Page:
In the past, I have suffered consequences from not tapering off certain medications according to my doctor’s instructions. Perhaps I finally threw in the towel on a medication because of unbearable side effects and wishing to go off the medication as soon as possible, I took the matter into my own hands. Hey! It’s my body and brain. I can do whatever I want to do! Yeh, but boy was I in for a big surprise. My illness either came back with a vengeance, and I ended up in the hospital multiple times as a result, or the withdrawal symptoms were far more unbearable than the side effects I originally experienced.
We all have the right to go off of any medication we want, but after years of experience I have found that giving a medication a fair shot is wise. Side effects of some medications do ease over time. We often grow tolerant of them. Side effects can sometimes be far less bothersome than the illness itself, if the medications calm the illness sufficiently. When I was younger and less patient, I didn’t know that. It took a while to discover.
Obviously, though, there are some medications that over time do us harm in many ways that warrant a tapering off. Perhaps a new less harmful and yet helpful medication can be tried, or maybe our illness is stabilized enough that fewer medication might be adequate. I’ve been in a situation like that during the past three or almost four years. Why take more medications than I need at the time, especially if my mind will clear more and my body will be restored?
At the worst of my illness, I was on a cocktail of seven psychotropic medications, plus one more I often took “as needed”. Though they were all required at one time to stabilize me, unbearable side effects eventually started over time. One medication gave me a dystonia (in my case an uncontrolled movement of muscles around my lips). My doctor slowly tapered me off that over a four month period. Some may be tapered off quicker or even immediately removed in some cases. It all depends on various factors (i.e. if just small decreases stop the side effect, if the side effect is especially severe, or maybe if one hasn’t been on the medication for long).
After about five and half years on a therapeutic dose of one medication, my kidney function began to be effected. In response, my doctor slowly weaned me off that medication 300 mg every three months. My kidney function is still not normal, but at least hasn’t worsened. The removal of this medication didn’t affect my illness negatively, but did improve my cognitive function and lessen some annoying side effects.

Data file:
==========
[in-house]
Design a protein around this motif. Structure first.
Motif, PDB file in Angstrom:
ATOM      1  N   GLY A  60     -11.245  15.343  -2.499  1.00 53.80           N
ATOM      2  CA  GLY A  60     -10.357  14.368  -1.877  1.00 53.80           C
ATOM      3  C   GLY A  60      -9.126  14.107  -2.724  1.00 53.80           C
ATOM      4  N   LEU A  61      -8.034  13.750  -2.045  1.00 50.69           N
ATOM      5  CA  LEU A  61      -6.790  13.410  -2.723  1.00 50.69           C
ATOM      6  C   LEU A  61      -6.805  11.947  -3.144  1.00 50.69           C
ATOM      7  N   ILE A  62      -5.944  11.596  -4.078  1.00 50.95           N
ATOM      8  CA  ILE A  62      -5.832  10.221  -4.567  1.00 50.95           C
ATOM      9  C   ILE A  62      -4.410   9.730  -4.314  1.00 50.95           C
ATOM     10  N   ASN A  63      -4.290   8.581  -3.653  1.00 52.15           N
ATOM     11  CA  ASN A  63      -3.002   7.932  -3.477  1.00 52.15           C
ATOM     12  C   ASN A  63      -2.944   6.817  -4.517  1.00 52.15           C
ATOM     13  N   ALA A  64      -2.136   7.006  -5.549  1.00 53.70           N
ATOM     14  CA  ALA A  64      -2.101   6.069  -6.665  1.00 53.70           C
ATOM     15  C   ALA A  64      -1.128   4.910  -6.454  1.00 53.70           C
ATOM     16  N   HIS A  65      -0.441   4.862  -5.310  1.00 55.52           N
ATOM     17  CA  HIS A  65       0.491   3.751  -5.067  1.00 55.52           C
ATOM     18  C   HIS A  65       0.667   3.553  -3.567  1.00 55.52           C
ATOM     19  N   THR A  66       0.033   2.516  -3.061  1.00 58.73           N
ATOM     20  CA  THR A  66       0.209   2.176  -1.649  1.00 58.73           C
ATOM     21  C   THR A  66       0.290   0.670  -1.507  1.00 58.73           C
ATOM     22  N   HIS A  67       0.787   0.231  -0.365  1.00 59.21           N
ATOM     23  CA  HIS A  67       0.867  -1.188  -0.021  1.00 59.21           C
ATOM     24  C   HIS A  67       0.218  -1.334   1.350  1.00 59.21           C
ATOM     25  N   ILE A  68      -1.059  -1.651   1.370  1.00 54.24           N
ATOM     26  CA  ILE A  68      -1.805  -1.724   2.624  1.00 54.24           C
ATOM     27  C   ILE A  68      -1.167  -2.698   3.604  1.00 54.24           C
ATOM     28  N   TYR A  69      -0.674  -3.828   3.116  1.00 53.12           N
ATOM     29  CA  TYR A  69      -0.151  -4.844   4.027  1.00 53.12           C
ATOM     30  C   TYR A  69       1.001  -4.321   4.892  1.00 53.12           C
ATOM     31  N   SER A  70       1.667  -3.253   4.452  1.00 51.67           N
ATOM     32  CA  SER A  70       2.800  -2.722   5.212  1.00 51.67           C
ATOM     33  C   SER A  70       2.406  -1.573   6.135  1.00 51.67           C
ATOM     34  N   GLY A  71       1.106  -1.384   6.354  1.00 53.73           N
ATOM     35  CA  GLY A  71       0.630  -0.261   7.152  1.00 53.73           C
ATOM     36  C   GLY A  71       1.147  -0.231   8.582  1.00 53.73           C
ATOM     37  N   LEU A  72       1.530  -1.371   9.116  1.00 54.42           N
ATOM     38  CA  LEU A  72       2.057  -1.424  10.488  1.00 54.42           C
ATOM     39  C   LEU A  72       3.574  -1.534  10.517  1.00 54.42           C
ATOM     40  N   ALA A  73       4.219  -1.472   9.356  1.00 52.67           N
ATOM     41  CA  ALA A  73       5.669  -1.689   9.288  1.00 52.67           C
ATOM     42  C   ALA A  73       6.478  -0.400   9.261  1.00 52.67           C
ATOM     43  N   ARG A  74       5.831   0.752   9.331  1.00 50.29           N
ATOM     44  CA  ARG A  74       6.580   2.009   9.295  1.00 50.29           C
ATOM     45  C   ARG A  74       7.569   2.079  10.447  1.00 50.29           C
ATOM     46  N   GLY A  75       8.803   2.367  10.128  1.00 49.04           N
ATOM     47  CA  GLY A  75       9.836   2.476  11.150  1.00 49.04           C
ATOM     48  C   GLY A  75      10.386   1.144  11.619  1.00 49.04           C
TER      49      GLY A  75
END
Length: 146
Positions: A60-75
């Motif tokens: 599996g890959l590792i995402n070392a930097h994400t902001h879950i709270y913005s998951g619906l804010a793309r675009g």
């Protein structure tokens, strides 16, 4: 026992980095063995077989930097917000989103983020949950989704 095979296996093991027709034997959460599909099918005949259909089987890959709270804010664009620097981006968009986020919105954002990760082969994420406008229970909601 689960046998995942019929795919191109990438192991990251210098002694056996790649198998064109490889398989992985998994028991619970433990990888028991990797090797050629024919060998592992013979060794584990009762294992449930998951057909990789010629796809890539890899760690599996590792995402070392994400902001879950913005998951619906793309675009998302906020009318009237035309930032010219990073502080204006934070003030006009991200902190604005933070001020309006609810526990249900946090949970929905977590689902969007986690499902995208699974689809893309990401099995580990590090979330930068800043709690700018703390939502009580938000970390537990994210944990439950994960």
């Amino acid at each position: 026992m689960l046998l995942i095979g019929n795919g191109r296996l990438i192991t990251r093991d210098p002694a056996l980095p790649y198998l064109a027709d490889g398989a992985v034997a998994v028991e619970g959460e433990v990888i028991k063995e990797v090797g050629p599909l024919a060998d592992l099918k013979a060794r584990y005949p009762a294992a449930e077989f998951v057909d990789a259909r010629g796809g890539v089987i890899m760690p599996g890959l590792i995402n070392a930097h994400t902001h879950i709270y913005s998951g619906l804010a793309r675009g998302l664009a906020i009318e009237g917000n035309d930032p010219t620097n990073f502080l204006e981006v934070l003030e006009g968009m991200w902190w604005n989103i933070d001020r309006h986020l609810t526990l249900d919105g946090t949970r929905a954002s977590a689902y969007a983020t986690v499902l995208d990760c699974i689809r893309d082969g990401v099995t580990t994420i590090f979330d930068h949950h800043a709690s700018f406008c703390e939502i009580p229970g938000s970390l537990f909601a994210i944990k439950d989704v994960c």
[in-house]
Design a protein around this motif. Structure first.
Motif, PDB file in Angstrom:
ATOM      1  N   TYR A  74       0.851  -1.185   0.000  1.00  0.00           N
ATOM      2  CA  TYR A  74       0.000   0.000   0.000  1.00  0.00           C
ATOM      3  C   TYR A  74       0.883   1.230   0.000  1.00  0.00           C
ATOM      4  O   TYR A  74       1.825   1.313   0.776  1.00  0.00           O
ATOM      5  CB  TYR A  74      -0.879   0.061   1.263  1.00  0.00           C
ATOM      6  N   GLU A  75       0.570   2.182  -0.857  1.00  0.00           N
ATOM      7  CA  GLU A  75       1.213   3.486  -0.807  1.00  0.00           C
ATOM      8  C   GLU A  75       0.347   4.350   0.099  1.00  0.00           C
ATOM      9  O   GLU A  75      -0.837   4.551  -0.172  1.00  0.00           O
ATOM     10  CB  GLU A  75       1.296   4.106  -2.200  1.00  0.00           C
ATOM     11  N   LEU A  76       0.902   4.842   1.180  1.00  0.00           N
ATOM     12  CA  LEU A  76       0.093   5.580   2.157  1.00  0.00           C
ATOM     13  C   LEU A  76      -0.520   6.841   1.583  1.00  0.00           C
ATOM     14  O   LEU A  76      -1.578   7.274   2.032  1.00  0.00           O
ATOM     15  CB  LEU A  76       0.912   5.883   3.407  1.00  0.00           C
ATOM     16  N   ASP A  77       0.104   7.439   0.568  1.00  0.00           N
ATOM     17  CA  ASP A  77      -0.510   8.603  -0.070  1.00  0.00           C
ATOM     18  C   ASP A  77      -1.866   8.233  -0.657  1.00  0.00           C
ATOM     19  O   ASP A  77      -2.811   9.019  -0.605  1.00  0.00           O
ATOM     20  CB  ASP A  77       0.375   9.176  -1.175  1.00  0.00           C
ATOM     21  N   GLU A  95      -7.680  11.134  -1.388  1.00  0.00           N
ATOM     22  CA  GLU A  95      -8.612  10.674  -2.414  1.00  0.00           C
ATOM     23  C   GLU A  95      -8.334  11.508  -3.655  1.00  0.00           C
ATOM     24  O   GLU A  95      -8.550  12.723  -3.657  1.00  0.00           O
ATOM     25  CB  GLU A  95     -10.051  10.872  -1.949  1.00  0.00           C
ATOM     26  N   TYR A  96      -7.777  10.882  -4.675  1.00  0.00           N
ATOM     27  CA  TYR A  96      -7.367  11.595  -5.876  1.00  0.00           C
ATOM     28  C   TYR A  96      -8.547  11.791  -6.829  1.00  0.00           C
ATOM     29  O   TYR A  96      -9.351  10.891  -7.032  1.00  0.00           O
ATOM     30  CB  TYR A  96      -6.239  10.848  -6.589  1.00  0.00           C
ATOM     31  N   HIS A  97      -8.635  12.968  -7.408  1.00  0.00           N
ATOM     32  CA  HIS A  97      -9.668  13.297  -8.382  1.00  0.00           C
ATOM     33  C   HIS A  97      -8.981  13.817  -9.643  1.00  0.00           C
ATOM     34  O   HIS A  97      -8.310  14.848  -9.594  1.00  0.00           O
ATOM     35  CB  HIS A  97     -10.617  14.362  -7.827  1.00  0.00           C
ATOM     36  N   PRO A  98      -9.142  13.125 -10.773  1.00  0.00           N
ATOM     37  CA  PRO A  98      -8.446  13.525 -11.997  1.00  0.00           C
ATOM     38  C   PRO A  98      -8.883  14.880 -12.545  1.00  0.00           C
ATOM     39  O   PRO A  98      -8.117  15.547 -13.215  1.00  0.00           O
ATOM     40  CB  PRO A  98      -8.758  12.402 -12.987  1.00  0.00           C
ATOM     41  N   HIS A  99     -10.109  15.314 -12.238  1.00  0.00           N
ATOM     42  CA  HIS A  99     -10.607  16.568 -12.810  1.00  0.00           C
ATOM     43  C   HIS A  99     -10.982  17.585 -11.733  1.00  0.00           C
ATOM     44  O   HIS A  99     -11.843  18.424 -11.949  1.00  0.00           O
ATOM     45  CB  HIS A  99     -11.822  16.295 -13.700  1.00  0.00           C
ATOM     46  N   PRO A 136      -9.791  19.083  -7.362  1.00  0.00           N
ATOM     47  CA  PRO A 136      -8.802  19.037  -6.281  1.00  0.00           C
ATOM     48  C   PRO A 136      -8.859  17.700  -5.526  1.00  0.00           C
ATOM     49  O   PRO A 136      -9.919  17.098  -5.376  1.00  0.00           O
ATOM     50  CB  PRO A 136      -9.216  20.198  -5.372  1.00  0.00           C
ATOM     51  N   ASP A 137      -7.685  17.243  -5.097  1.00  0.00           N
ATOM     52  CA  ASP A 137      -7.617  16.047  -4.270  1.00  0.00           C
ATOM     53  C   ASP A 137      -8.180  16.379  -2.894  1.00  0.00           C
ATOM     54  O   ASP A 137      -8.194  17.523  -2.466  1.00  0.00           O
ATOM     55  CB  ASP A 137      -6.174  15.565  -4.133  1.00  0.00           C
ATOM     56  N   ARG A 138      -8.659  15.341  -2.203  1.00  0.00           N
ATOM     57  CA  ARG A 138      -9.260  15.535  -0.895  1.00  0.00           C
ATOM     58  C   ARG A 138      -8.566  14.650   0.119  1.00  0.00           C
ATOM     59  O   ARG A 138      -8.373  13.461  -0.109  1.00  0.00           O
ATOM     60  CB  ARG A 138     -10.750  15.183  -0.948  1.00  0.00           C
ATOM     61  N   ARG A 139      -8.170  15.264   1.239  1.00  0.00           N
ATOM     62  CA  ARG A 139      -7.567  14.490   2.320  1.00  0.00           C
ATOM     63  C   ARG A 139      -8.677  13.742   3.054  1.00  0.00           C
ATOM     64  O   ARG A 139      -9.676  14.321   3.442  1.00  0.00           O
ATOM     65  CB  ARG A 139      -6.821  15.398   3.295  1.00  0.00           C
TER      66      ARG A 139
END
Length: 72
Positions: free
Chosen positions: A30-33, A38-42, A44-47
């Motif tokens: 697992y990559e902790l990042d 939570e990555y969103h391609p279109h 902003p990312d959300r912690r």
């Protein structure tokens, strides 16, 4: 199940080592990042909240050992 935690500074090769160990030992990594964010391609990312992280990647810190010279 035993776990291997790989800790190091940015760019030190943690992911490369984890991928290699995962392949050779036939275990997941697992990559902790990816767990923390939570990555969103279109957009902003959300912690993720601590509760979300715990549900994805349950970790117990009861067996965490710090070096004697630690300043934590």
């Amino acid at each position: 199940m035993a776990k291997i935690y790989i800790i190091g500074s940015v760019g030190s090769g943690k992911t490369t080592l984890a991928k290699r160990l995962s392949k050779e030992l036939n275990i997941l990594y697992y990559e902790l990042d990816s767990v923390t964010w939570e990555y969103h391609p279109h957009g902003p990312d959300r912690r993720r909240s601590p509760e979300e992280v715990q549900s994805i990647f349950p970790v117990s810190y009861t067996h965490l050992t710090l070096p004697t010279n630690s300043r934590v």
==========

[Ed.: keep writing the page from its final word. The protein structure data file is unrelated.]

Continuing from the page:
After about six years on a medication called Geodon (ziprasidone), I began to have moderate-severe akathisia (inner restlessness, sort of like restless leg syndrome). In the beginning, my doctor gave me other medications to ease that side effect, but I must say I complained frequently over a two year period. My illness was mostly stabilized, so he and I decided to taper me off of it. I have to confess, that this medication has been the hardest for me to come off of. I took it for over eight years. The taper from 160 to 120 mg was fine, but then I experienced terrible withdrawal effects (headaches, upset stomachs, sweating). The taper slowed significantly. It’s been eight months and I’m still on 60 mg of this medication. I am assuming it will be a whole year of tapering off to be free of it. I will say that my akathisia has pretty much disappeared, but we still have the goal to get me off of it completely. Recently I have had some minor reemergence of my illness, but adjustments were made to one of my other remaining medications in the same class.
After I’m off Geodon (ziprasidone), I intend to be tapered off the “as needed” medication I mentioned. Normally if it is “as needed” I wouldn’t need a taper, but I took that “as needed” almost every day for three and a half years. It is notorious for creating a bit of dependency, so slow tapering off this medication will also be necessary. Hopefully then, I will really only take it occasionally “as needed”.
Oh my! When my mother told me “Patience is a virtue” when I was a child, I hated to hear it. But I have really learned that over the years. I know the value of patience now. I know that I will reach my eventual desired destinations in terms of my medications, but will do so safely and as comfortably as possible.
If some of the above scares you about medications, please know that I’ve valued my medications dearly. I have been mostly well for over eight years now. I value these eight years and do not believe I would have been so well without my treatments and therapy. I look forward to when my medication cocktail is even smaller, though I know it will never be fully eliminated.